Where this becomes relevant to the environmental impacts of the activity of historic preservation is this: an existing building, no matter the size, represents an investment creating embodied energy that has been made and has been recovered over the lifespan of that building. When we conduct a demolition of that building we lose the value of that investment. Completely. Worse, should that building be replaced with new construction, we incur a new embodied energy cost associated with that new construction, and the task of recovering that cost begins all over.

The most recent data available indicates that 534 million tons of construction and demolition debris was generated in the United States in the 2014 calendar year, more than twice the amount of municipal solid waste. Most important to our discussion is this: of that 534 tons, 90% is demolition debris while only 10% is construction debris. The burden demolition places on our solid waste landfills must be a consideration in a SMART city.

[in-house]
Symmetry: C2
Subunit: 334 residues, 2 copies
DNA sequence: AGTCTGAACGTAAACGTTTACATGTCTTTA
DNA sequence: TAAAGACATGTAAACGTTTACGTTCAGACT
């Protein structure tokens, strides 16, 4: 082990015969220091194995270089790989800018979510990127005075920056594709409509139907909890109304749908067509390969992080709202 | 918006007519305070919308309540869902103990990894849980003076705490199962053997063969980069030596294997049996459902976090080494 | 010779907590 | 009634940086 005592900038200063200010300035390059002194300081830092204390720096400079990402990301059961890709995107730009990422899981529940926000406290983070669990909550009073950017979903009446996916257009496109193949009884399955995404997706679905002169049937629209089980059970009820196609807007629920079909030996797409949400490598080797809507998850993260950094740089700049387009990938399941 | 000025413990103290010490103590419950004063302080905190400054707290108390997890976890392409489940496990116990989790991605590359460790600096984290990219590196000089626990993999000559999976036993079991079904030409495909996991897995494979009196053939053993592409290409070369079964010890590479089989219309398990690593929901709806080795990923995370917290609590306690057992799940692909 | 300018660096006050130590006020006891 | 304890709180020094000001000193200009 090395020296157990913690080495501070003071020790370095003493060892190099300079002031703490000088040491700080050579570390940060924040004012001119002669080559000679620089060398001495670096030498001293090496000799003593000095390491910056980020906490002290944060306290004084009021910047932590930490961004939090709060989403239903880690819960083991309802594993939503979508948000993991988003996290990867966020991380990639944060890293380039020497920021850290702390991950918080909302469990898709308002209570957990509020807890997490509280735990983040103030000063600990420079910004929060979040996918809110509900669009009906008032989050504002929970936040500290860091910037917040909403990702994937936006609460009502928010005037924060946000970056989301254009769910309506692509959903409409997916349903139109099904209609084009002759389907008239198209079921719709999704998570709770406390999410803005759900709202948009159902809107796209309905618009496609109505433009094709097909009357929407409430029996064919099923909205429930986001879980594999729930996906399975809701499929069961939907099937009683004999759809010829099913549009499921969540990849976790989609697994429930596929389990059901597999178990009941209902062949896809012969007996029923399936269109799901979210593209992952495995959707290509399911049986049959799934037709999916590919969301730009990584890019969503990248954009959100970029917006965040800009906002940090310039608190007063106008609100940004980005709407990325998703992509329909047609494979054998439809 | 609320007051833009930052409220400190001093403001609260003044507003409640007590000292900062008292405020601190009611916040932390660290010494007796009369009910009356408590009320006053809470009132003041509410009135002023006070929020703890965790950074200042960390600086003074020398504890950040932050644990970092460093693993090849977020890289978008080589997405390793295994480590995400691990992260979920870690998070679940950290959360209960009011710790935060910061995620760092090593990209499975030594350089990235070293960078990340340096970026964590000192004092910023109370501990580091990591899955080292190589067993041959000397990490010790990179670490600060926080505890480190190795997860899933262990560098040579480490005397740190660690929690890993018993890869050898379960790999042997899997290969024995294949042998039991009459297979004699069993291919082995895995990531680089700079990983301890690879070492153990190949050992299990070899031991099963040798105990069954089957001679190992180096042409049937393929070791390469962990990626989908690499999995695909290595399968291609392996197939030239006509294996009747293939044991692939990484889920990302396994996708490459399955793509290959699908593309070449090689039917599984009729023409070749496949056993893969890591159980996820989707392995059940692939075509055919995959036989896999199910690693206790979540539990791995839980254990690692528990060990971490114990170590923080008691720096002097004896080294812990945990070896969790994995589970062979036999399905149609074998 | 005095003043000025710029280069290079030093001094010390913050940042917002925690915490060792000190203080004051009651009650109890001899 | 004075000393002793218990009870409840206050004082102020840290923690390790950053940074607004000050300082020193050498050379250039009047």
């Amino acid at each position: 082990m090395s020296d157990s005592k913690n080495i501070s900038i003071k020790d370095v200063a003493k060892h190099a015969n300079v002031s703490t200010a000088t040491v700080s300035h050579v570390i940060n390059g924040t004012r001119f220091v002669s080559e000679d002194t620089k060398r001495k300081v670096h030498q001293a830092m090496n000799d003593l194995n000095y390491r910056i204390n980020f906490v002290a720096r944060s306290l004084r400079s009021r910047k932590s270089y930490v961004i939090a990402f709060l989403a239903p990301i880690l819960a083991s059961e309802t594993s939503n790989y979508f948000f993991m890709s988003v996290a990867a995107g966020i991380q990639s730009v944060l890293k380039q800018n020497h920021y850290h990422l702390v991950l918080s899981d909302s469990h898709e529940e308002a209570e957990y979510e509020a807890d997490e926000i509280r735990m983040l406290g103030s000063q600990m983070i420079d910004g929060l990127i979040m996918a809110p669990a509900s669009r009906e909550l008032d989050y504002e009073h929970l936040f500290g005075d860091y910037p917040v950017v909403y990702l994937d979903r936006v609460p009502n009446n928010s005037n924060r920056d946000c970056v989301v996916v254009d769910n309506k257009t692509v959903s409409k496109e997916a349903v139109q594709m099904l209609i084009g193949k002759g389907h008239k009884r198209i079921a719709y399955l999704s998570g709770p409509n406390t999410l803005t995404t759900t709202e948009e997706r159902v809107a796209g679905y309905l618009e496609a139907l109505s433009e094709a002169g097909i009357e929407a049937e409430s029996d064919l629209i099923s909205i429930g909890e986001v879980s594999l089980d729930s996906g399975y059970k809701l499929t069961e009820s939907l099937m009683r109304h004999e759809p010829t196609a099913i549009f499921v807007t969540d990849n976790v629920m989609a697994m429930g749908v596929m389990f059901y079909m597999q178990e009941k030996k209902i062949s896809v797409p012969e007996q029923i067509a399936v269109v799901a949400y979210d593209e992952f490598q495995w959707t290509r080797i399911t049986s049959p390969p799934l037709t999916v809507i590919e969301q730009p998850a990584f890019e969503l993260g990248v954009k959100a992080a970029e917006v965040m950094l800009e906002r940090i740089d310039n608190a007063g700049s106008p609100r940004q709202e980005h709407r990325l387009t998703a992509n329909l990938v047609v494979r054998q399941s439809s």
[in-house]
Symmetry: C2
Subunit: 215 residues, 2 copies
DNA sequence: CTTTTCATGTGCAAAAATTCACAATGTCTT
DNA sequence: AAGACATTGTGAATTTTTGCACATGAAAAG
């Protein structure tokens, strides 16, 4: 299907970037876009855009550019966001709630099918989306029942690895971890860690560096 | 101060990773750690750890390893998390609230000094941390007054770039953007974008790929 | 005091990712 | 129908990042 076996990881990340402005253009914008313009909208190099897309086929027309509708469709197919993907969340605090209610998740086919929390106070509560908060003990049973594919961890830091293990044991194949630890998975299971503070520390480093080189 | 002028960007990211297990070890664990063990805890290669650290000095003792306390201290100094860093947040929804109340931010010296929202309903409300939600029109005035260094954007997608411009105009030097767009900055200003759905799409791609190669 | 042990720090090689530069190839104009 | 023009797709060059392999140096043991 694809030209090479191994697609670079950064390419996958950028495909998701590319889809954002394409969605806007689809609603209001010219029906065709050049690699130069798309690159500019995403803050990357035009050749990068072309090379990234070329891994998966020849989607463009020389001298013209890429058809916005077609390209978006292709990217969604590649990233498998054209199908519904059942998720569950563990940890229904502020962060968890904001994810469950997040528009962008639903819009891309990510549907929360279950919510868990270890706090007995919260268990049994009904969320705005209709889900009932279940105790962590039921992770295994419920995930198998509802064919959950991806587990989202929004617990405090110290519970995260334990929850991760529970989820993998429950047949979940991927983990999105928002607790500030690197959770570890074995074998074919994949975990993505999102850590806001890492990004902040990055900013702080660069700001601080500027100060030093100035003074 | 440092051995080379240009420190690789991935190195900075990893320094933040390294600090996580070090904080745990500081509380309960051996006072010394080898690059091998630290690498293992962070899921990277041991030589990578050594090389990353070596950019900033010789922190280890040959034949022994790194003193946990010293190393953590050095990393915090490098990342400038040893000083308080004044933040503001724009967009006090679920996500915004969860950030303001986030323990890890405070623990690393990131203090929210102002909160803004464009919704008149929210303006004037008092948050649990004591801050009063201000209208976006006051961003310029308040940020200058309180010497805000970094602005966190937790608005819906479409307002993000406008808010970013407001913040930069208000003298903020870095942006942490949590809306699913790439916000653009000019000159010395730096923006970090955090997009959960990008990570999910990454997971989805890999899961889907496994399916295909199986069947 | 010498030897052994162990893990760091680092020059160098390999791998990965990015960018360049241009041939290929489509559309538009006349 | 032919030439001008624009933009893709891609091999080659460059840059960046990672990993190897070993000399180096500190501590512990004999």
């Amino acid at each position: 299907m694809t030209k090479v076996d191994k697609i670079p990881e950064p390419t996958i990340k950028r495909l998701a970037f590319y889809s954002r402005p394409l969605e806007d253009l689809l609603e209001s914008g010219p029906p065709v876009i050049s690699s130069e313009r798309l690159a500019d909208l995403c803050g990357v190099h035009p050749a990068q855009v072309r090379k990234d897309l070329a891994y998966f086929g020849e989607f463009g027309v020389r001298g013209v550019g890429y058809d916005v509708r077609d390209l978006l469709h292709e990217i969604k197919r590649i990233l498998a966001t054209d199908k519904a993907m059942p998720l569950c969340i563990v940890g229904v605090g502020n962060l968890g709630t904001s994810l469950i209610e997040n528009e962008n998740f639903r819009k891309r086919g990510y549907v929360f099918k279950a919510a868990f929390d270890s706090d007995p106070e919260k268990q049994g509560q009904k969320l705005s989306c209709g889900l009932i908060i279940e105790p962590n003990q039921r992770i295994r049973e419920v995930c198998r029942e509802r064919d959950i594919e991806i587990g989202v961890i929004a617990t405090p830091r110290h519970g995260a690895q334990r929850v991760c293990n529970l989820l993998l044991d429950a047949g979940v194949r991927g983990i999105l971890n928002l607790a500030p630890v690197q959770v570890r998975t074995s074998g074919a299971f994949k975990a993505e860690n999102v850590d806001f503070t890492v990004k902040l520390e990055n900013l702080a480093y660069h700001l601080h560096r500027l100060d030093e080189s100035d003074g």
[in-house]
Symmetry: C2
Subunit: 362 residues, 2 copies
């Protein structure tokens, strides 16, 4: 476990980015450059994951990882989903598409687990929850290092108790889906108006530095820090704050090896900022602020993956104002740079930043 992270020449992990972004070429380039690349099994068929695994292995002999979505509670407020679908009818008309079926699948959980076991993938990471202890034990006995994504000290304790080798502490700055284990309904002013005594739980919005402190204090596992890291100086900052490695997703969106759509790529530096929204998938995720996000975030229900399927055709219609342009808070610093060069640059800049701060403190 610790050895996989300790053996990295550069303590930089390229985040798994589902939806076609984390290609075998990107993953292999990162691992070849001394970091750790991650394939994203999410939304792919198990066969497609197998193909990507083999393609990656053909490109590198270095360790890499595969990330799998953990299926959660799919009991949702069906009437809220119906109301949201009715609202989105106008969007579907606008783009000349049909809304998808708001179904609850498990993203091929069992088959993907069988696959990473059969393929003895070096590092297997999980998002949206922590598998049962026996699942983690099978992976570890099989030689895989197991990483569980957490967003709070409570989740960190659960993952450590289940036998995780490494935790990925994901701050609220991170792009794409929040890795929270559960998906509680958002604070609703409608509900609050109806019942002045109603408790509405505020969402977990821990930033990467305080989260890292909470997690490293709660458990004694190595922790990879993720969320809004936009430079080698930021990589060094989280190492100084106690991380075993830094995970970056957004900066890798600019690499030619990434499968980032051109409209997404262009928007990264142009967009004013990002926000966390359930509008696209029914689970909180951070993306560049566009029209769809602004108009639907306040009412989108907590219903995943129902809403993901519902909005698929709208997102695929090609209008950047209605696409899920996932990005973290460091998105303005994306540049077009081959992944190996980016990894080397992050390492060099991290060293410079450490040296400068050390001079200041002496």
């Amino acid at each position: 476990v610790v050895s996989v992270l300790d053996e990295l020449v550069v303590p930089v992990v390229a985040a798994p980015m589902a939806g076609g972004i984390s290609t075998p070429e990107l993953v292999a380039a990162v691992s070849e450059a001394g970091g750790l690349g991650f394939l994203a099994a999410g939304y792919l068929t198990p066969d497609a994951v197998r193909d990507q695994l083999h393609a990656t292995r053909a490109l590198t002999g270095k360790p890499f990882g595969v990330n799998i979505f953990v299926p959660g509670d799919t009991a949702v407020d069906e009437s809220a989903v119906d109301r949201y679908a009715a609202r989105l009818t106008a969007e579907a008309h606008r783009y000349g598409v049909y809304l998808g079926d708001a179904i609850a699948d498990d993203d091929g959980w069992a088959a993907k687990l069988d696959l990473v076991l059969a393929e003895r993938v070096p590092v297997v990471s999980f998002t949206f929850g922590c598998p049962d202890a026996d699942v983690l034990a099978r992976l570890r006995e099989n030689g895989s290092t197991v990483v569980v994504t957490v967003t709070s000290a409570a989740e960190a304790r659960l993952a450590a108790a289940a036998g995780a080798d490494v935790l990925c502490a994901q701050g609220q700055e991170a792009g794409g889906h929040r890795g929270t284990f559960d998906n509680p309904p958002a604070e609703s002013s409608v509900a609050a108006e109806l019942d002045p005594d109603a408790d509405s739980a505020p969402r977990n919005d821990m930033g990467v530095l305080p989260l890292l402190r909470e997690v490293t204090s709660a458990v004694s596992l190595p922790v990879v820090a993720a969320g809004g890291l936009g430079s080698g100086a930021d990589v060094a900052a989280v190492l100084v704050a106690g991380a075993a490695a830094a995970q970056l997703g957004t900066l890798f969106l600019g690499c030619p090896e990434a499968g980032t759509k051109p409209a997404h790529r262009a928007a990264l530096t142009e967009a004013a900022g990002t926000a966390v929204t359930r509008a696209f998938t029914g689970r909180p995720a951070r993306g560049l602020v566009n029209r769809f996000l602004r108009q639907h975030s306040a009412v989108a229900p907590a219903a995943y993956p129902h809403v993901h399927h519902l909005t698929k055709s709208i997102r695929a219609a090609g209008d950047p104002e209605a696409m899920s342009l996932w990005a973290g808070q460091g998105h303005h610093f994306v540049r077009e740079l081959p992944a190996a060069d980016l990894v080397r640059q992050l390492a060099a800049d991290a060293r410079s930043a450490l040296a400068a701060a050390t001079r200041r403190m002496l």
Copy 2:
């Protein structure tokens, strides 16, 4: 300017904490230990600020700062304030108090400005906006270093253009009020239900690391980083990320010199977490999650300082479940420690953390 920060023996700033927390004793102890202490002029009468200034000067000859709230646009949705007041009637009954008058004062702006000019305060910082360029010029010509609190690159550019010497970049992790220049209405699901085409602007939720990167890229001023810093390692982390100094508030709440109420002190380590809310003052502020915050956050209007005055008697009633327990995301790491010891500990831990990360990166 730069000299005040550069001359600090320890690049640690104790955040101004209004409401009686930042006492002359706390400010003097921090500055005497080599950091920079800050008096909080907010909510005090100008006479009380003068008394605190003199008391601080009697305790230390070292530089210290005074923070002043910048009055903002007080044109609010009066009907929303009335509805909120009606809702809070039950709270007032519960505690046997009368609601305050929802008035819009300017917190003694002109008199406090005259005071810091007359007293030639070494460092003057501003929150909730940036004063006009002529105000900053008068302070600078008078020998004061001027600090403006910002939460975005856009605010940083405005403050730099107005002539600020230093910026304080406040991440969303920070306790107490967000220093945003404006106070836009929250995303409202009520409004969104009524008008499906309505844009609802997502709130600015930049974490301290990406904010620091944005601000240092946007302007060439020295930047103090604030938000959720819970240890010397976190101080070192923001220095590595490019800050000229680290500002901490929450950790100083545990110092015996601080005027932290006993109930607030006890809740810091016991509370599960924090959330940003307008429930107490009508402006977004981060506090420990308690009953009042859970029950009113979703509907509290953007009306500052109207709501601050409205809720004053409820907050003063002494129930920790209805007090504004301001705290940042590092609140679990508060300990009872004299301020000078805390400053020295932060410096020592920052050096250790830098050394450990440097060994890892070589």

In addition, when we think of sustainability within the frame of actual building materials, it is a fact that the greenest buildings are in most cases the oldest buildings. There are two substances that may require remediation: lead and asbestos. The technology to encapsulate both have rendered them less of an obstacle to re-use of a building. Using German Village as an example, the materials used in the original construction of the typical home were not only predominately locally sourced, requiring little transportation cost (low-carbon impact), but raw, natural materials such as wood, stone, and slate.